Pig kidney successfully transplanted into human body in world first
For the first time, a pig kidney has been transplanted into a human without triggering immediate rejection by the recipient’s immune system.
This is potentially a major advance that could help alleviate the dire shortage of human organs for transplant.
The procedure was carried out in New York and involved use of a pig whose genes had been altered so its tissues no longer contained a molecule known to trigger almost immediate rejection.
The recipient was a brain-dead patient with signs of kidney dysfunction whose family consented to the experiment before she was due to be taken off of life support, researchers explained.
For three days, the new kidney was attached to her blood vessels and maintained outside her body, giving researchers access to it.
Test results of the transplanted kidney’s function ‘looked pretty normal,’ said transplant surgeon Dr. Robert Montgomery, who led the study.
The kidney made ‘the amount of urine that you would expect’ from a transplanted human kidney, he said.
Additionally, there was no evidence of the vigorous, early rejection seen when unmodified pig kidneys are transplanted into non-human primates.
The recipient’s abnormal creatinine level – an indicator of poor kidney function – returned to normal after the transplant, Montgomery said.
The organ transplant waiting list
In the United States, nearly 107,000 people are presently waiting for organ transplants, including more than 90,000 awaiting a kidney, according to the United Network for Organ Sharing. Wait times for a kidney average three-to-five years.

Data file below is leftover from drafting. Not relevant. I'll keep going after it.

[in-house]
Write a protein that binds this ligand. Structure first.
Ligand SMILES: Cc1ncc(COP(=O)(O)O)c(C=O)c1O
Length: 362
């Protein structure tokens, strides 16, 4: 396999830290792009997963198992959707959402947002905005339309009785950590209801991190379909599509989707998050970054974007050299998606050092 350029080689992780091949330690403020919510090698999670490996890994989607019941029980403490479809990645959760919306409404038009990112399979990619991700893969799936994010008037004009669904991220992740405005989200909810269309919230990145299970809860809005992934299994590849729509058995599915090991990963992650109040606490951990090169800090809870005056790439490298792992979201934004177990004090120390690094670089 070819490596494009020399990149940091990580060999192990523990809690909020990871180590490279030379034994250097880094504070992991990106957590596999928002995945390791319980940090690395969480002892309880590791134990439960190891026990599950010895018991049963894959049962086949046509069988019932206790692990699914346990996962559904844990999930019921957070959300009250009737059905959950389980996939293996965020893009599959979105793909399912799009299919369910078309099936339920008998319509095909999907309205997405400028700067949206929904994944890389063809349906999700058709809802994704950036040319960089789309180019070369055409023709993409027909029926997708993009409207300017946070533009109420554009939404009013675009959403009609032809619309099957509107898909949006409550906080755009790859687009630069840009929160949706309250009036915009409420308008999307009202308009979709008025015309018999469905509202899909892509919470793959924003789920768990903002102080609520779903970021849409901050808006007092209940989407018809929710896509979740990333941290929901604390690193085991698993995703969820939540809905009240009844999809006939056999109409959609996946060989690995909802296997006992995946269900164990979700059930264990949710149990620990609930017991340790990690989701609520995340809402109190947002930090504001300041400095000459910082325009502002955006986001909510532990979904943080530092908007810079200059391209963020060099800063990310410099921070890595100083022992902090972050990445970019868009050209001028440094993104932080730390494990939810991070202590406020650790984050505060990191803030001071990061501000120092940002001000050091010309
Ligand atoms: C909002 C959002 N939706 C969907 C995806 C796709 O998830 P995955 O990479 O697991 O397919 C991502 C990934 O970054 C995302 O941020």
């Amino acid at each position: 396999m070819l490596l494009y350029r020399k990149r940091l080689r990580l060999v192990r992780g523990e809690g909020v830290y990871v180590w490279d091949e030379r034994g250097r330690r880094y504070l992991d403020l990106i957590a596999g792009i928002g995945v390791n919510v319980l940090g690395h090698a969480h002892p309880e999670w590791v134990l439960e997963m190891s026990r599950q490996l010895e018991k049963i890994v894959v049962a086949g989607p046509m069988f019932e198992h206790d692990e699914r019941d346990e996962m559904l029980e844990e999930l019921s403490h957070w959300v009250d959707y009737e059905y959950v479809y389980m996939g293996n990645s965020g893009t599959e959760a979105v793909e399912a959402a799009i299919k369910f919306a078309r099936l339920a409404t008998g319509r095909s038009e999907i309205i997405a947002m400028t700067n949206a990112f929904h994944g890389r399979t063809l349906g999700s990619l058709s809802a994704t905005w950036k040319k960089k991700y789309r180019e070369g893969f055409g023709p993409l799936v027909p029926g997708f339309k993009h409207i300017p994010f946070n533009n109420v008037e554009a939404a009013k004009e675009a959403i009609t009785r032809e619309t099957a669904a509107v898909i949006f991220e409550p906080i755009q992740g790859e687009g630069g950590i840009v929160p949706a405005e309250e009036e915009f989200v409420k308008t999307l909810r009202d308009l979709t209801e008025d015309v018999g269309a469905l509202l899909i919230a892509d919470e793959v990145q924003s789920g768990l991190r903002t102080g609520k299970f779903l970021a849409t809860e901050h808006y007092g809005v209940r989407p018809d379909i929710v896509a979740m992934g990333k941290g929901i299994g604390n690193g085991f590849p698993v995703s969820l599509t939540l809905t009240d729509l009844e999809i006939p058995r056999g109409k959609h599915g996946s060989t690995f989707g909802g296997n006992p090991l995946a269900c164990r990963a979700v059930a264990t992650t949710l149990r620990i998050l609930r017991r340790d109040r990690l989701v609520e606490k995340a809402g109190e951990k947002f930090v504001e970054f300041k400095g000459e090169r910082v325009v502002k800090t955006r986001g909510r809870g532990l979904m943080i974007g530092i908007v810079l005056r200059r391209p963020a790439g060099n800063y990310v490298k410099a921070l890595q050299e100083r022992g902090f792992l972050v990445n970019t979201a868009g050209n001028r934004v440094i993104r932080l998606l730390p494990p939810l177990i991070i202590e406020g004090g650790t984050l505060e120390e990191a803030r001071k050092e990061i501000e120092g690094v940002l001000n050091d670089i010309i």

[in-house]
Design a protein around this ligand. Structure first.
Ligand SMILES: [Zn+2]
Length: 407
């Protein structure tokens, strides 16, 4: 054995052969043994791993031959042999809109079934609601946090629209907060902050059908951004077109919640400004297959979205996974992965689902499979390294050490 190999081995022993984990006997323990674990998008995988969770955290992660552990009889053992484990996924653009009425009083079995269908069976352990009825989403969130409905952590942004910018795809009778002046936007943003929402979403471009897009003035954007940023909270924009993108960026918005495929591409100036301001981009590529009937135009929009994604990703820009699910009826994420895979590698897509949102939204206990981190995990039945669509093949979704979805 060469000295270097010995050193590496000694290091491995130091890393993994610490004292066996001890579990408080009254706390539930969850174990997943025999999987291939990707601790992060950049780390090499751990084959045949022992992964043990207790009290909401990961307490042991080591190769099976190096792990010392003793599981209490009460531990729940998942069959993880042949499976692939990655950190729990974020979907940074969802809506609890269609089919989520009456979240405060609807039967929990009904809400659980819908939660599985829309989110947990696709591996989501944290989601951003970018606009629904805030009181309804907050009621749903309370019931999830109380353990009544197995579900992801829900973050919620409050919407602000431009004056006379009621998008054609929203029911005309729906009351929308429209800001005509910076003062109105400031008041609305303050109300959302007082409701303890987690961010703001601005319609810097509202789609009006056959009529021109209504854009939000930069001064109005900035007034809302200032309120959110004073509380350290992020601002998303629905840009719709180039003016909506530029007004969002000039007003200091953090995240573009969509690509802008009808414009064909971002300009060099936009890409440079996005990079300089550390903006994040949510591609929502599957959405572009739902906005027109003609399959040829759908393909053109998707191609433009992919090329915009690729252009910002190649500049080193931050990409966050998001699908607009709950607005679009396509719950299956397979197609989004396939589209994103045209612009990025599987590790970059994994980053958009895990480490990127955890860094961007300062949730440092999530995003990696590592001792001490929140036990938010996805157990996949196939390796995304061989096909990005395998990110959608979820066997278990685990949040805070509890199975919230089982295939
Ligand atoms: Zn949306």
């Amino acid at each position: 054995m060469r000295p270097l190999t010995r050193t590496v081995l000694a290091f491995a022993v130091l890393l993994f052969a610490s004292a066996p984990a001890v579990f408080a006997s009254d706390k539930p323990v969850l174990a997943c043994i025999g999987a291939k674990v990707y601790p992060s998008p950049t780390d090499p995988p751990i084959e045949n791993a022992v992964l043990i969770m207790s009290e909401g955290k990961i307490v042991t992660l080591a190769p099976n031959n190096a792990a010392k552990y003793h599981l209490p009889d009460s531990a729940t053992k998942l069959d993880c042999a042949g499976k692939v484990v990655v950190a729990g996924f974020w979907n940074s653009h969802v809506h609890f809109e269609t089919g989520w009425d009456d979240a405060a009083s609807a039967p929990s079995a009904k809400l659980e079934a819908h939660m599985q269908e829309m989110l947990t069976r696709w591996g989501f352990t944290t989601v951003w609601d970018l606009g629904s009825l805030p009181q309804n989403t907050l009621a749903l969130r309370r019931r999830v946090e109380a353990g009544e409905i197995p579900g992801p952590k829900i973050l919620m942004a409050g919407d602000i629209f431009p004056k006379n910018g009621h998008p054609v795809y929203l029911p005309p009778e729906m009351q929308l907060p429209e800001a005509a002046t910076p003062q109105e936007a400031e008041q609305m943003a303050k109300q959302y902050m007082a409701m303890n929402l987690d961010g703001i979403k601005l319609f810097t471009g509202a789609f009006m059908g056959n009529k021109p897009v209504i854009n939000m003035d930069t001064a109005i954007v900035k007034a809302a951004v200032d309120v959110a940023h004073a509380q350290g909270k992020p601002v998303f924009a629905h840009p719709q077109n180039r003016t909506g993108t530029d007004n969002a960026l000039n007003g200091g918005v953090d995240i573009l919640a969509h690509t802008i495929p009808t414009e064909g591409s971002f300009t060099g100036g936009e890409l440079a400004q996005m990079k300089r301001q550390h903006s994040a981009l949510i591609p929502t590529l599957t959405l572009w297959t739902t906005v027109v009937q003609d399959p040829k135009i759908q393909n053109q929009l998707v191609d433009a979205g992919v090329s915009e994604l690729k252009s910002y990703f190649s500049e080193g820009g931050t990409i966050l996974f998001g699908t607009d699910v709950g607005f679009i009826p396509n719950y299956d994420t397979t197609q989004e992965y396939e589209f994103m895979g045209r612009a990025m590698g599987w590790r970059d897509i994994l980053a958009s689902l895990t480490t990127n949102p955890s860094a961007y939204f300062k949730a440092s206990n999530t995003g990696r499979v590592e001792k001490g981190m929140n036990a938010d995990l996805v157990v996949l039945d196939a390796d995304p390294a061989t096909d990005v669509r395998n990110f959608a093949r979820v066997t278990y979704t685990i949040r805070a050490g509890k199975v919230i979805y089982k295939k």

Meanwhile, in the UK, the list of people waiting for a transplant is also in the thousands.
At the end of March 2021, there were 3,537 patients on the active transplant list waiting for a kidney transplant.
The number of people waiting for a kidney transplant dwarfed the number of patients waiting for any other organ.
Those waiting for a heart transplant had the second-highest number of active patients at 312, followed by 260 waiting for a lung transplant.
Researchers have been working for decades on the possibility of using animal organs for transplants, but have been stymied over how to prevent immediate rejection by the human body.
How the science works
Montgomery’s team theorized that knocking out the pig gene for a carbohydrate that triggers rejection – a sugar molecule, or glycan, called alpha-gal – would prevent the problem.
The genetically altered pig, dubbed GalSafe, was developed by United Therapeutics Corp’s Revivicor unit. It was approved by the US Food and Drug Administration in December 2020, for use as food for people with a meat allergy and as a potential source of human therapeutics.
Medical products developed from the pigs would still require specific FDA approval before being used in humans, the agency said.
Other researchers are considering whether GalSafe pigs can be sources of everything from heart valves to skin grafts for human patients.
The NYU kidney transplant experiment should pave the way for trials in patients with end-stage kidney failure, possibly in the next year or two, said Montgomery, himself a heart transplant recipient.
Those trials might test the approach as a short-term solution for critically ill patients until a human kidney becomes available, or as a permanent graft.
The current experiment involved a single transplant, and the kidney was left in place for only three days, so any future trials are likely to uncover new barriers that will need to be overcome, Montgomery said. Participants would probably be patients with low odds of receiving a human kidney and a poor prognosis on dialysis.
‘For a lot of those people, the mortality rate is as high as it is for some cancers, and we don’t think twice about using new drugs and doing new trials (in cancer patients) when it might give them a couple of months more of life,’ Montgomery said.
The researchers worked with medical ethicists, legal and religious experts to vet the concept before asking a family for temporary access to a brain-dead patient, Montgomery said.